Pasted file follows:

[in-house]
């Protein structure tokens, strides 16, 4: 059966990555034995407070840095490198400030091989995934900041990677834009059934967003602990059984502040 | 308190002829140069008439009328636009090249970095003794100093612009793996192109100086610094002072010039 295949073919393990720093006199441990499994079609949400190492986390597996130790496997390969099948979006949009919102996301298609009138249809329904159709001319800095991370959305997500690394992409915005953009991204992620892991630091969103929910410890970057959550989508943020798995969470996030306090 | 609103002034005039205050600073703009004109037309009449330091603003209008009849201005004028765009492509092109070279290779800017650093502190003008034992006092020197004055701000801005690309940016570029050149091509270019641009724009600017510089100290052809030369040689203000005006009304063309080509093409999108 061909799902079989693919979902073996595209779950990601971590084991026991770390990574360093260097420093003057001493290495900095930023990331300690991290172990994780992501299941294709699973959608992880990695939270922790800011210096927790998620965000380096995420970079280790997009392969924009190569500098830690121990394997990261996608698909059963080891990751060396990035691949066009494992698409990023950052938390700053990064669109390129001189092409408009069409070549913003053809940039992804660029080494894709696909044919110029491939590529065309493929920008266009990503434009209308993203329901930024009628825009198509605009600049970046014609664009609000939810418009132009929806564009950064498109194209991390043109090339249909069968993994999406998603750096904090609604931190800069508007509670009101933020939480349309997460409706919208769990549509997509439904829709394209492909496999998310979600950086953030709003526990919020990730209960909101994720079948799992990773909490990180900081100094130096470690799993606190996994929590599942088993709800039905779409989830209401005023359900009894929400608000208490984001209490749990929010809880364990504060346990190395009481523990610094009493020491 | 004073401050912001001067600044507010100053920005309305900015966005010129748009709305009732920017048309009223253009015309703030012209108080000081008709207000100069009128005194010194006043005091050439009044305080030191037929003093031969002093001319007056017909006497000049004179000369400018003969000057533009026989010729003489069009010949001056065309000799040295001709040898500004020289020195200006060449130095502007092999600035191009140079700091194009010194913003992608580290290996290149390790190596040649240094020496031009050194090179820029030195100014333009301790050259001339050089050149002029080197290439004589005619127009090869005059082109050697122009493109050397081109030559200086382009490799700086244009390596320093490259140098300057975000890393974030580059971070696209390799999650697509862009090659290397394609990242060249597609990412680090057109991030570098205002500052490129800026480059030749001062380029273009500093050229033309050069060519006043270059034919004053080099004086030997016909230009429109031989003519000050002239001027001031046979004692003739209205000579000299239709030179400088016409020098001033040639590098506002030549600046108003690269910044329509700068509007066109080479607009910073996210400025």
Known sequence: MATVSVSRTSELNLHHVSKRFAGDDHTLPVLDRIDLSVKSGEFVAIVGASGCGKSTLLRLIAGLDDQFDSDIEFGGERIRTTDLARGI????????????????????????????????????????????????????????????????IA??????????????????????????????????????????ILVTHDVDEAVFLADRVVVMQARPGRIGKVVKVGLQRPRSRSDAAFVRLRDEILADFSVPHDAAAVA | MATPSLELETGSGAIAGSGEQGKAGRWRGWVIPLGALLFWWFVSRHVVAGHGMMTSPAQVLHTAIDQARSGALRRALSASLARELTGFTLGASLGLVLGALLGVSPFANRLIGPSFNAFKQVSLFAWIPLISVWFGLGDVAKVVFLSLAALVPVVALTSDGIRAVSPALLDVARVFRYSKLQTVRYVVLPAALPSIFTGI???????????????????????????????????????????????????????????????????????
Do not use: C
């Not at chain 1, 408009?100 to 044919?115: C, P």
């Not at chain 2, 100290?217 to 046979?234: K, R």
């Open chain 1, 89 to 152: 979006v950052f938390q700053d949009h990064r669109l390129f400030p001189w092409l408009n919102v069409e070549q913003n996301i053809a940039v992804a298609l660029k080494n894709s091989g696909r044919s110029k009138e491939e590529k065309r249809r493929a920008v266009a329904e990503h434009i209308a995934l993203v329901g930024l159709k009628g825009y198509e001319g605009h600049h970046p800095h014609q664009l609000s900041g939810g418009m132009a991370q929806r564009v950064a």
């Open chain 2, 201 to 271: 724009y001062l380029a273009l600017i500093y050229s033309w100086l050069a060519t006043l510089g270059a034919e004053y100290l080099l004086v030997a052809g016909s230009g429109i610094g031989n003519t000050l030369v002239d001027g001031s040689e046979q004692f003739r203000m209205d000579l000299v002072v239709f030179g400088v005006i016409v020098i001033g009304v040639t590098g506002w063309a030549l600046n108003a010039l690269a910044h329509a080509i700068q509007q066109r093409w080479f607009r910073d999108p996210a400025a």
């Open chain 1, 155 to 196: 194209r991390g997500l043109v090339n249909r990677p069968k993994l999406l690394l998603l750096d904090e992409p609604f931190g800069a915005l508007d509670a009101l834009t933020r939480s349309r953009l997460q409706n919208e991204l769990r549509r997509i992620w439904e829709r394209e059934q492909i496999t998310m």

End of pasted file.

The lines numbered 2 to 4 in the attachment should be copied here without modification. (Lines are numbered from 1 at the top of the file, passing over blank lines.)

């Protein structure tokens, strides 16, 4: 059966990555034995407070840095490198400030091989995934900041990677834009059934967003602990059984502040 | 308190002829140069008439009328636009090249970095003794100093612009793996192109100086610094002072010039 295949073919393990720093006199441990499994079609949400190492986390597996130790496997390969099948979006949009919102996301298609009138249809329904159709001319800095991370959305997500690394992409915005953009991204992620892991630091969103929910410890970057959550989508943020798995969470996030306090 | 609103002034005039205050600073703009004109037309009449330091603003209008009849201005004028765009492509092109070279290779800017650093502190003008034992006092020197004055701000801005690309940016570029050149091509270019641009724009600017510089100290052809030369040689203000005006009304063309080509093409999108 061909799902079989693919979902073996595209779950990601971590084991026991770390990574360093260097420093003057001493290495900095930023990331300690991290172990994780992501299941294709699973959608992880990695939270922790800011210096927790998620965000380096995420970079280790997009392969924009190569500098830690121990394997990261996608698909059963080891990751060396990035691949066009494992698409990023950052938390700053990064669109390129001189092409408009069409070549913003053809940039992804660029080494894709696909044919110029491939590529065309493929920008266009990503434009209308993203329901930024009628825009198509605009600049970046014609664009609000939810418009132009929806564009950064498109194209991390043109090339249909069968993994999406998603750096904090609604931190800069508007509670009101933020939480349309997460409706919208769990549509997509439904829709394209492909496999998310979600950086953030709003526990919020990730209960909101994720079948799992990773909490990180900081100094130096470690799993606190996994929590599942088993709800039905779409989830209401005023359900009894929400608000208490984001209490749990929010809880364990504060346990190395009481523990610094009493020491 | 004073401050912001001067600044507010100053920005309305900015966005010129748009709305009732920017048309009223253009015309703030012209108080000081008709207000100069009128005194010194006043005091050439009044305080030191037929003093031969002093001319007056017909006497000049004179000369400018003969000057533009026989010729003489069009010949001056065309000799040295001709040898500004020289020195200006060449130095502007092999600035191009140079700091194009010194913003992608580290290996290149390790190596040649240094020496031009050194090179820029030195100014333009301790050259001339050089050149002029080197290439004589005619127009090869005059082109050697122009493109050397081109030559200086382009490799700086244009390596320093490259140098300057975000890393974030580059971070696209390799999650697509862009090659290397394609990242060249597609990412680090057109991030570098205002500052490129800026480059030749001062380029273009500093050229033309050069060519006043270059034919004053080099004086030997016909230009429109031989003519000050002239001027001031046979004692003739209205000579000299239709030179400088016409020098001033040639590098506002030549600046108003690269910044329509700068509007066109080479607009910073996210400025």
Known sequence: MATVSVSRTSELNLHHVSKRFAGDDHTLPVLDRIDLSVKSGEFVAIVGASGCGKSTLLRLIAGLDDQFDSDIEFGGERIRTTDLARGI????????????????????????????????????????????????????????????????IA??????????????????????????????????????????ILVTHDVDEAVFLADRVVVMQARPGRIGKVVKVGLQRPRSRSDAAFVRLRDEILADFSVPHDAAAVA | MATPSLELETGSGAIAGSGEQGKAGRWRGWVIPLGALLFWWFVSRHVVAGHGMMTSPAQVLHTAIDQARSGALRRALSASLARELTGFTLGASLGLVLGALLGVSPFANRLIGPSFNAFKQVSLFAWIPLISVWFGLGDVAKVVFLSLAALVPVVALTSDGIRAVSPALLDVARVFRYSKLQTVRYVVLPAALPSIFTGI???????????????????????????????????????????????????????????????????????
Do not use: C